I went on to do a 1:35 half marathon at that time, which was a PB by a couple of minutes which I was pleased with, but then for various personal reasons, seemed to lose my long distance training drive and until last year with the Thames Meander, I’d only done the occasional 10k.
That was the last time I had a similar level of fitness and had not been troubled with injury, because even last year before doing the TM and MdS I was recovering from shin splints.
It has been a long, hard road – 5 years long, and it is only on reflection that I realised the other day how much I had been set back and frustrated with various issues. Only now can I dare to think that I am improving my performance past my previous best.
Today it came together though – 29th March 2009 – lined up at the start of the Reading half Marathon, 5 years almost to the day since my previous excursion at that distance, and although I felt nervous about a cold I was fighting off*, tight shins and tired calves from training in the week; I was ignoring my mind games.
So there we were, John and I again – pushed RIGHT to the front with the elite athletes – can you imagine. By the time we arrive there was barely 3 minutes to wait in the bright morning sun. The weather was perfect, the position was perfect and I was ready.
This was my chance to put years of frustration behind me.
At the gun, we were off. No really; OFF. None of this meandering about for ten minutes shuffling towards the line before finally breaking into a slow trot – Six seconds to cross the line rather than the twenty minutes it took those at the back, I later found out!
No, we were almost sprinting from the start, “oh my word!” I thought, can I maintain this, it feels steady but it’s too fast. We’re going uphill already, and I’m passing people, but my legs aren’t warm yet, am I going to break something, hold back. No, I’m strong!
Too many dilemmas for ninety seconds into what I was planning to be a ninety minute race, so I forced myself to settle down a bit. Nevertheless, the first few km passed quickly and John, sensing I wanted to break away, shouted for me to carry on as he was going to take it more steadily. We had run the first two miles at 6:30 pace.
As we went up and down a few rises, through the university grounds and down into the town, I managed to maintain a steady pace, averaging (unbelievably) 4:01 min/km. As we passed through 9km, I suddenly realised I was going to break my 10k PB! Had I started out too fast? Would I be able to maintain the pace for another 7miles? Would I blow?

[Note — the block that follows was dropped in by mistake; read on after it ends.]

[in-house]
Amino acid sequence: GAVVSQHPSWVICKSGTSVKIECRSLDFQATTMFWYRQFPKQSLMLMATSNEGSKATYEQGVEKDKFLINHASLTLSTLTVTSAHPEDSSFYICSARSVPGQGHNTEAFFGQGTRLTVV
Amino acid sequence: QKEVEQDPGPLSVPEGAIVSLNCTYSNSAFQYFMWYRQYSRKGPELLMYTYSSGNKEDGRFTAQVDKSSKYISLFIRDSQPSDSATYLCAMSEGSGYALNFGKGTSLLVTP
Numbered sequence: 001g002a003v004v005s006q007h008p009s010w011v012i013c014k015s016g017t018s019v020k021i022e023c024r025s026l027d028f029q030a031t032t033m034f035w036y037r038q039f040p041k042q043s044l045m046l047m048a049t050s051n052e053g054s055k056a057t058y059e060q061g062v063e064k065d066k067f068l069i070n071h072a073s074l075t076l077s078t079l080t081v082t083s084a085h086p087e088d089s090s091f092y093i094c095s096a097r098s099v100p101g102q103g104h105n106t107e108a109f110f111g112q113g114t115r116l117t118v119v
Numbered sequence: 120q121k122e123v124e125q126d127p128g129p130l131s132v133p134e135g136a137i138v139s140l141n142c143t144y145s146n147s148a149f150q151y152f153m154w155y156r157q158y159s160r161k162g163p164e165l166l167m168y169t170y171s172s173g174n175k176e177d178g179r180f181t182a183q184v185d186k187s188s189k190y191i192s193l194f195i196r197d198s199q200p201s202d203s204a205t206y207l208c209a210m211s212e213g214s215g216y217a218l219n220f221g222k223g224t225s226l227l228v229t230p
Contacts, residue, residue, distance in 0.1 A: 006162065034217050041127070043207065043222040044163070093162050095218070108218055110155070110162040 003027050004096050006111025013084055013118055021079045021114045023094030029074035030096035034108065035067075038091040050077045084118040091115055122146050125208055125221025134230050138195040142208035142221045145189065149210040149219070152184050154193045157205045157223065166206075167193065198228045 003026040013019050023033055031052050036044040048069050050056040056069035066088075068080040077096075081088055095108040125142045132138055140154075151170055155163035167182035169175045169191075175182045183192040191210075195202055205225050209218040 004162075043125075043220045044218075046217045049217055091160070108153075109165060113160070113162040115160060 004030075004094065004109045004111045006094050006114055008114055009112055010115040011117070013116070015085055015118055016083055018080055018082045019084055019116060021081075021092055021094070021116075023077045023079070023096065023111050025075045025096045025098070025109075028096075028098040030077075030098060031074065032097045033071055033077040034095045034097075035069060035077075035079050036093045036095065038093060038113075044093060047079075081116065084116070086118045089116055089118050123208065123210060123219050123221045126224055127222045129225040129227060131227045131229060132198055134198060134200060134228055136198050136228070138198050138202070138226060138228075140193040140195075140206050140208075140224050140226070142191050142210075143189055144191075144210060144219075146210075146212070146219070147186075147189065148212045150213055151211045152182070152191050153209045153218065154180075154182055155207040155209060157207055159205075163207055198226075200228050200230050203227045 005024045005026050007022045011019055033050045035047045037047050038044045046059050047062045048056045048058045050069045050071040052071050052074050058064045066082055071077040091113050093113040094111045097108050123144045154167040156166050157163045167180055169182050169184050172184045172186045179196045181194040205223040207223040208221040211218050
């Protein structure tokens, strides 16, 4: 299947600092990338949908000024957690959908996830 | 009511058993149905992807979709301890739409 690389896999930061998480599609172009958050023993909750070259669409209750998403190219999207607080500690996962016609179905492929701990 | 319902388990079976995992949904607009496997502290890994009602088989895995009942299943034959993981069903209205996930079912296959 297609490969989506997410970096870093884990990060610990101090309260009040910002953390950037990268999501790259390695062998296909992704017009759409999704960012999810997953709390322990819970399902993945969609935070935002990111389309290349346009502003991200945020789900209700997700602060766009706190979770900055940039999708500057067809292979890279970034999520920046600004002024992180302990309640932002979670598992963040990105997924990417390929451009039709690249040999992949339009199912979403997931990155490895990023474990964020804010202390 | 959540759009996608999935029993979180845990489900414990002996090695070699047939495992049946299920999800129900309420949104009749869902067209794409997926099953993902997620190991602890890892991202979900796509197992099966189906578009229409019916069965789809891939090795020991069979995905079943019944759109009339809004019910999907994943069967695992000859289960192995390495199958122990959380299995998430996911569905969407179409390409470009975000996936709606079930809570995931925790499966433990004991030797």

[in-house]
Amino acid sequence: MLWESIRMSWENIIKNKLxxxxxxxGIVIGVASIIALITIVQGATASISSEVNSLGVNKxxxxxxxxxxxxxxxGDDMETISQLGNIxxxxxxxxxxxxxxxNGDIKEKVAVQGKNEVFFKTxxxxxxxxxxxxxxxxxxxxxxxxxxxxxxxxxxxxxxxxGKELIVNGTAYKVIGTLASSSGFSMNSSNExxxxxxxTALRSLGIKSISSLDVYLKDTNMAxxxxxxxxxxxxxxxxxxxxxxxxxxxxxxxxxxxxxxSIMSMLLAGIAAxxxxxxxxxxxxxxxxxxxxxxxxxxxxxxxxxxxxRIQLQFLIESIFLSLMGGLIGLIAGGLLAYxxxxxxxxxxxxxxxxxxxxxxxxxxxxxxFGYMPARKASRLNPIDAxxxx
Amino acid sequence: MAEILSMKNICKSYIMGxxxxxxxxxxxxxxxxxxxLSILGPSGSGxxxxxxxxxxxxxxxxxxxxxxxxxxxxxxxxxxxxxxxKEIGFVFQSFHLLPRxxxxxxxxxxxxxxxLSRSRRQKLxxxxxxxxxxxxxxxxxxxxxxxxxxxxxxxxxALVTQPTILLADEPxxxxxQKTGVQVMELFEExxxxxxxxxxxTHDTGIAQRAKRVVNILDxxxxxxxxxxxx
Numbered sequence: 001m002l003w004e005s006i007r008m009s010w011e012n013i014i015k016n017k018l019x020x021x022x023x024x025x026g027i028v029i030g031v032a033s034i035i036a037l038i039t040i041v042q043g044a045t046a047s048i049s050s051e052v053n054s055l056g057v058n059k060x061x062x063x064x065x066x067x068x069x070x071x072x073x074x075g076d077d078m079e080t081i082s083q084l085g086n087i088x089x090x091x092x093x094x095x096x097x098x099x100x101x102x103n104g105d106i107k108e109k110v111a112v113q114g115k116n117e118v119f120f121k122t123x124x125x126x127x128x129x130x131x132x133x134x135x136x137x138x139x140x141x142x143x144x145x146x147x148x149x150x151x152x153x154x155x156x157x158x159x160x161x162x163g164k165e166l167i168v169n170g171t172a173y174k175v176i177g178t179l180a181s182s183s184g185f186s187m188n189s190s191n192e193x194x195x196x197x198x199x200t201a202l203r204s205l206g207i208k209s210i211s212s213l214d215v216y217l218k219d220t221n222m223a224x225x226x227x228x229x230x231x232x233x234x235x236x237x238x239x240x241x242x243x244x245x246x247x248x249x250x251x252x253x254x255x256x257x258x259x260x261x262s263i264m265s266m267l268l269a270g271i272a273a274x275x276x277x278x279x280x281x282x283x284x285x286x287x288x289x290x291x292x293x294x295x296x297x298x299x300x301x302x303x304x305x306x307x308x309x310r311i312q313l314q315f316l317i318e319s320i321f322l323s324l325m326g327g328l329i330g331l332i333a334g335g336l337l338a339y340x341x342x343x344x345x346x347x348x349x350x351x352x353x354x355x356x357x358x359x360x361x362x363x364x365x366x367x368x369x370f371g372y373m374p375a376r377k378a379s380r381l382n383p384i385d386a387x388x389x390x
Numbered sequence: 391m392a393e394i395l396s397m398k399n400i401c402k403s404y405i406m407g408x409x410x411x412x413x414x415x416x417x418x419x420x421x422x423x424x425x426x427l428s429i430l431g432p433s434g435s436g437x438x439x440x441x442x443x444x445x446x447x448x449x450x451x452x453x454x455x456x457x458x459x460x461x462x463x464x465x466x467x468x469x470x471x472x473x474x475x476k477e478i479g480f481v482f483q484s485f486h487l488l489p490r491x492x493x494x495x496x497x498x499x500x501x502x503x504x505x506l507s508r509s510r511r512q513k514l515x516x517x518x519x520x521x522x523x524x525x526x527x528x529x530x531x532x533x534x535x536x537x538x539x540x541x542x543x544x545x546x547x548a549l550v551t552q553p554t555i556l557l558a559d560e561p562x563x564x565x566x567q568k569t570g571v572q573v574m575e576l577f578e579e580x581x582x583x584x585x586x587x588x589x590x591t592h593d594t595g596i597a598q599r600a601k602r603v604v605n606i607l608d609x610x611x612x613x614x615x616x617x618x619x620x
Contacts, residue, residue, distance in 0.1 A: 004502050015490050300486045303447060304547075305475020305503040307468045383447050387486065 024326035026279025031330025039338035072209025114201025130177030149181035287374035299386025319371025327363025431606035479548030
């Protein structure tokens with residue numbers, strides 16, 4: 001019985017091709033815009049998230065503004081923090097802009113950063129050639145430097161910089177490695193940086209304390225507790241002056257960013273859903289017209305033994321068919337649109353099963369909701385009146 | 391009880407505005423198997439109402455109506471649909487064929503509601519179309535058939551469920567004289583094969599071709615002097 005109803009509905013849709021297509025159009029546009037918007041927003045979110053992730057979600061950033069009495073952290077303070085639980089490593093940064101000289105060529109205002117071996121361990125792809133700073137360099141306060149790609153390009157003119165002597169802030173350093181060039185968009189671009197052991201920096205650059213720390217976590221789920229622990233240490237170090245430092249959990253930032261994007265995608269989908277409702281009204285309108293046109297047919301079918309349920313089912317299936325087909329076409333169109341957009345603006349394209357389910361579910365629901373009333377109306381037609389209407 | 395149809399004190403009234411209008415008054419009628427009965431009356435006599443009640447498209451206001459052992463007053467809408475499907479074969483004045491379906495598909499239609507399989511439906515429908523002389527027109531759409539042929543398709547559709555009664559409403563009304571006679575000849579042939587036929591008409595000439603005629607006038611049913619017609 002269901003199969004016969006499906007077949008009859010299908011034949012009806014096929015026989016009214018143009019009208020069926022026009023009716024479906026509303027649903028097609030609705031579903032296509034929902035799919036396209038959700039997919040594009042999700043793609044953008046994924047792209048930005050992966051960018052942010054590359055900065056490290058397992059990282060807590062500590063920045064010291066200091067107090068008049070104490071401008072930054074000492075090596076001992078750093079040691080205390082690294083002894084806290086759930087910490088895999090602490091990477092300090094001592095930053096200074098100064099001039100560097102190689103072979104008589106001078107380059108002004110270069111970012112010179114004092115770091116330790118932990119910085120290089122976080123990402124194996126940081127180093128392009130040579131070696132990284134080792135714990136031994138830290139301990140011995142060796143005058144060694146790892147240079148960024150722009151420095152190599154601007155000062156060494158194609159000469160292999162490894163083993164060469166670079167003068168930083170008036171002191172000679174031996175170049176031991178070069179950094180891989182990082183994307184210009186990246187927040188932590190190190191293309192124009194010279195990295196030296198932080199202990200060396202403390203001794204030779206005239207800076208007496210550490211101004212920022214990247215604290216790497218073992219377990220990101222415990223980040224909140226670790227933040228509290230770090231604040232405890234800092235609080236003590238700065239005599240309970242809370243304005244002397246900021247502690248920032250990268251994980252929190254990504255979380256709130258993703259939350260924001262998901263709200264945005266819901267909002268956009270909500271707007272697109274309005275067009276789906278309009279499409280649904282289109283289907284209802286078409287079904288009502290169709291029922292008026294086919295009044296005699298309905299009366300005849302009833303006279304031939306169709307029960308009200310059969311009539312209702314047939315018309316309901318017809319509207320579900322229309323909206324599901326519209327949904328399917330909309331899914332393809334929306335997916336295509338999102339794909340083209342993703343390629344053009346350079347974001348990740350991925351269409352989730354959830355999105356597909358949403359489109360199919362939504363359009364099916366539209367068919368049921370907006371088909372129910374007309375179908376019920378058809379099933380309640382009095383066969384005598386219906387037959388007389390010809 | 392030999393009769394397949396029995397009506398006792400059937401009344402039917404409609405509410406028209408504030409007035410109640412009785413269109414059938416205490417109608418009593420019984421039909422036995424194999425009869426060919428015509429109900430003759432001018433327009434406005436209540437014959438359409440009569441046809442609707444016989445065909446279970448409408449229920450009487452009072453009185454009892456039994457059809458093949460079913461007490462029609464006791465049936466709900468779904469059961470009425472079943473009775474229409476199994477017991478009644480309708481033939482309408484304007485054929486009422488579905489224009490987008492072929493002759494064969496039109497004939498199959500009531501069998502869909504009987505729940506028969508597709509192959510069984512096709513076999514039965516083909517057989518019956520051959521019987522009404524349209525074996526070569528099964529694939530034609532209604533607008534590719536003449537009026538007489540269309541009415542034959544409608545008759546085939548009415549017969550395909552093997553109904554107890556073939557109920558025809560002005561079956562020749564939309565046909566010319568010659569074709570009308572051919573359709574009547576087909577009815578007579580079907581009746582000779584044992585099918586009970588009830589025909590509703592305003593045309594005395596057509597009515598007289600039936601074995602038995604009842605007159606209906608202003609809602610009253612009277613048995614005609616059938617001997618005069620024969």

Having gone through the 10km mark at 40:11, I also realise the GPS in my watch was starting to react slightly optimistically through the high buildings surrounding for a mile or so; Not a problem, just something else to be aware of. When you are running, you have a lot of time on your mind to contemplate trivia such as this, as well as the grander aspects of life, the universe and everything. Maybe Douglas Adams was also a runner.
We turned through the town and started the long trawl up out of Reading before turning back along the A4 again. I’d already checked this part of the course out on the map and thought it would be the most difficult – after half way but before the home straight – so to speak. This was the time for the mental challenge (if there can be such a thing in a 13 mile race!)
After a rising slope, on which I passed a number of people, the reciprocal downhill provided momentary relief before the aforementioned ‘home straight.’
Now a new challenge arose. After finally turning back towards the Majdeski Stadium, the wind along the exposed link roads was bitter and although I was not cold, it was slowing my progress a touch – perhaps the way out had been ‘wind-assisted’ in which case I was right to have pushed so hard and the pace was effectively even.
As I came to the final 2 mile point approaching the stadium, I saw… MY FAMILY!!!! At the side of the road shouting and cheering me on, my fantastic and supportive wife and my four wonderful children – the boost was the shot in the arm that I needed to dig deep for the last few moments, as I turned down the dog leg to the final roundabout.
The last mile seemed to last forever, heading away from the crowds round a gently curving road with the turning never quite in sight. Eventually though it did arrive and as I turned the hairpin I looked for the final mile sign. One hundred meters along the road, I heard a familiar voice and heard John shouting from the other side of the road, he was less than a minute behind me.
As I came up and round in the tortuous route some individual had designed to get into the stadium, I heard first the frantic voice of the announcer over the PA and then the crowds cheering – a full stadium is something to behold!
Sprinting round the track for the last 100m I had done it. 1:27:06 the official ‘chip’ time, over 8 minutes off my previous best. A long time coming, but worth the wait! In the end it seems my pacing was pretty much spot on, as my heart rate was pretty stable all the way through, averaging 167 bpm. Garmin route and stats here
Anyway. Now onto London.
The focus shifts imperceptibly from the half to the full marathon, in the same way that a subtle change in training strategy will be called for after April 26 to focus on the UTMB. The question is now, what can I achieve at London? – sub-3hr?
Watch this space.
*Medical Note – Warnings abound of not running with a cold or virus for fear of stressing the heart too much, but medical opinion seems to agree it is ok if it is above the neck, i.e. chesty coughs will make breathing even more difficult than normal when running.